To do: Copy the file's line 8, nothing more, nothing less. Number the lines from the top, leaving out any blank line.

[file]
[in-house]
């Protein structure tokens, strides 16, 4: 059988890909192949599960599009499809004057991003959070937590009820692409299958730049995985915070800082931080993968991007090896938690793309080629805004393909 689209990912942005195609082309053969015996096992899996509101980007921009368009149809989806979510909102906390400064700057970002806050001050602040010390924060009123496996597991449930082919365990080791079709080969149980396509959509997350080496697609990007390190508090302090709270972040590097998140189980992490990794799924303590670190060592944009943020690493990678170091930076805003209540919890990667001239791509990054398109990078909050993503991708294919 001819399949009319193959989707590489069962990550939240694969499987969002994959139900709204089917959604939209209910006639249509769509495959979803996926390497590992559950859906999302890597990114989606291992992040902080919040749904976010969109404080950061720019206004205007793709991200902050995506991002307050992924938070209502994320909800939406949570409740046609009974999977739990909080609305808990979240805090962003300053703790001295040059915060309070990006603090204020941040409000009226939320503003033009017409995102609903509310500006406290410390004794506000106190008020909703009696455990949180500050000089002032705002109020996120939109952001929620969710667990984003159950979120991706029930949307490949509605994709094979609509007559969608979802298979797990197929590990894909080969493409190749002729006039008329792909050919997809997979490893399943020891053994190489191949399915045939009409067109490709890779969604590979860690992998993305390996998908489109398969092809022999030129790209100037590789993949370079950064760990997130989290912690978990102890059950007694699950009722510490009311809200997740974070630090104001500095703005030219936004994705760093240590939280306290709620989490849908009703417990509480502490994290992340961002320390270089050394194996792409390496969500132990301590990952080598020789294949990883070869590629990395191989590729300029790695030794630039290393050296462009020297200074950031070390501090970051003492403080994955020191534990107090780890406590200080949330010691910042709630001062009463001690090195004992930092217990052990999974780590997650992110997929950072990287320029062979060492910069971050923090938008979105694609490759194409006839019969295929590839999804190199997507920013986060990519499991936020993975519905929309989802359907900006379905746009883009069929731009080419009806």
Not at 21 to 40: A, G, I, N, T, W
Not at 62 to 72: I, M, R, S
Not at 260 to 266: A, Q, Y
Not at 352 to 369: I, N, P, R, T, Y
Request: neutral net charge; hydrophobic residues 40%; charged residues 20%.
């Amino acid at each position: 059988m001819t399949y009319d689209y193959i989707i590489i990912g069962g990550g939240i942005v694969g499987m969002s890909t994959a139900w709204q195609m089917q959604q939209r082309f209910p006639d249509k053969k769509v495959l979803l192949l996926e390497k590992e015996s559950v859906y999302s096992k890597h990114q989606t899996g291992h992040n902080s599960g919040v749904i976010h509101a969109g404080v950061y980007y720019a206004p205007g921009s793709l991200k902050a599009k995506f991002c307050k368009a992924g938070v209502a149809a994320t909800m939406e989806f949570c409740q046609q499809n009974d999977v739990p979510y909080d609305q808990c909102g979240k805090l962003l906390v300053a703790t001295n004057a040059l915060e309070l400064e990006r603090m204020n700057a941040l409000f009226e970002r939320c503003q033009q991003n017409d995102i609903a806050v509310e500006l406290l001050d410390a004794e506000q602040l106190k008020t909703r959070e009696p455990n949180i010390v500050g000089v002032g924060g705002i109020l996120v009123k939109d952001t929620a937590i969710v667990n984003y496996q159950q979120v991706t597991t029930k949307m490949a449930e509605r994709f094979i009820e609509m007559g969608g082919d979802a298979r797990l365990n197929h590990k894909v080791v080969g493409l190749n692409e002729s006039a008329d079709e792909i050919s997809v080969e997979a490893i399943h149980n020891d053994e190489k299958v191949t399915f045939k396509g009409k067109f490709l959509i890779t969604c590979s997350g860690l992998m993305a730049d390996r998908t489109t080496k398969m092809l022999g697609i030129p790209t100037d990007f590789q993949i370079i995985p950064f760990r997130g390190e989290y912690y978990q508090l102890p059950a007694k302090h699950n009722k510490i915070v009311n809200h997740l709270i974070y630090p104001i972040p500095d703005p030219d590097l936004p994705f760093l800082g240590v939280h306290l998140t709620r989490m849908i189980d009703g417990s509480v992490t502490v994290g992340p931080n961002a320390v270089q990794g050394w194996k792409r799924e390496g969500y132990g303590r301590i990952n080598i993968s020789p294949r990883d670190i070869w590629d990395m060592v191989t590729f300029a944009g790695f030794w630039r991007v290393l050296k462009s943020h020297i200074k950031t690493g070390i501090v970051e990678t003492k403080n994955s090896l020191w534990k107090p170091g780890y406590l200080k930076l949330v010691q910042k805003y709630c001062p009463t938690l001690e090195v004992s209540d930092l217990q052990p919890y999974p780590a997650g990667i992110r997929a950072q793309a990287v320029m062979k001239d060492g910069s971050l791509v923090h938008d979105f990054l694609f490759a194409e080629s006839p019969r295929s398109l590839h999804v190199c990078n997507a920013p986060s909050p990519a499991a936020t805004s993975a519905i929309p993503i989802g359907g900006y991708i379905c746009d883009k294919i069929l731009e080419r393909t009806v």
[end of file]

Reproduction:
């Amino acid at each position: 059988m001819t399949y009319d689209y193959i989707i590489i990912g069962g990550g939240i942005v694969g499987m969002s890909t994959a139900w709204q195609m089917q959604q939209r082309f209910p006639d249509k053969k769509v495959l979803l192949l996926e390497k590992e015996s559950v859906y999302s096992k890597h990114q989606t899996g291992h992040n902080s599960g919040v749904i976010h509101a969109g404080v950061y980007y720019a206004p205007g921009s793709l991200k902050a599009k995506f991002c307050k368009a992924g938070v209502a149809a994320t909800m939406e989806f949570c409740q046609q499809n009974d999977v739990p979510y909080d609305q808990c909102g979240k805090l962003l906390v300053a703790t001295n004057a040059l915060e309070l400064e990006r603090m204020n700057a941040l409000f009226e970002r939320c503003q033009q991003n017409d995102i609903a806050v509310e500006l406290l001050d410390a004794e506000q602040l106190k008020t909703r959070e009696p455990n949180i010390v500050g000089v002032g924060g705002i109020l996120v009123k939109d952001t929620a937590i969710v667990n984003y496996q159950q979120v991706t597991t029930k949307m490949a449930e509605r994709f094979i009820e609509m007559g969608g082919d979802a298979r797990l365990n197929h590990k894909v080791v080969g493409l190749n692409e002729s006039a008329d079709e792909i050919s997809v080969e997979a490893i399943h149980n020891d053994e190489k299958v191949t399915f045939k396509g009409k067109f490709l959509i890779t969604c590979s997350g860690l992998m993305a730049d390996r998908t489109t080496k398969m092809l022999g697609i030129p790209t100037d990007f590789q993949i370079i995985p950064f760990r997130g390190e989290y912690y978990q508090l102890p059950a007694k302090h699950n009722k510490i915070v009311n809200h997740l709270i974070y630090p104001i972040p500095d703005p030219d590097l936004p994705f760093l800082g240590v939280h306290l998140t709620r989490m849908i189980d009703g417990s509480v992490t502490v994290g992340p931080n961002a320390v270089q990794g050394w194996k792409r799924e390496g969500y132990g303590r301590i990952n080598i993968s020789p294949r990883d670190i070869w590629d990395m060592v191989t590729f300029a944009g790695f030794w630039r991007v290393l050296k462009s943020h020297i200074k950031t690493g070390i501090v970051e990678t003492k403080n994955s090896l020191w534990k107090p170091g780890y406590l200080k930076l949330v010691q910042k805003y709630c001062p009463t938690l001690e090195v004992s209540d930092l217990q052990p919890y999974p780590a997650g990667i992110r997929a950072q793309a990287v320029m062979k001239d060492g910069s971050l791509v923090h938008d979105f990054l694609f490759a194409e080629s006839p019969r295929s398109l590839h999804v190199c990078n997507a920013p986060s909050p990519a499991a936020t805004s993975a519905i929309p993503i989802g359907g900006y991708i379905c746009d883009k294919i069929l731009e080419r393909t009806v």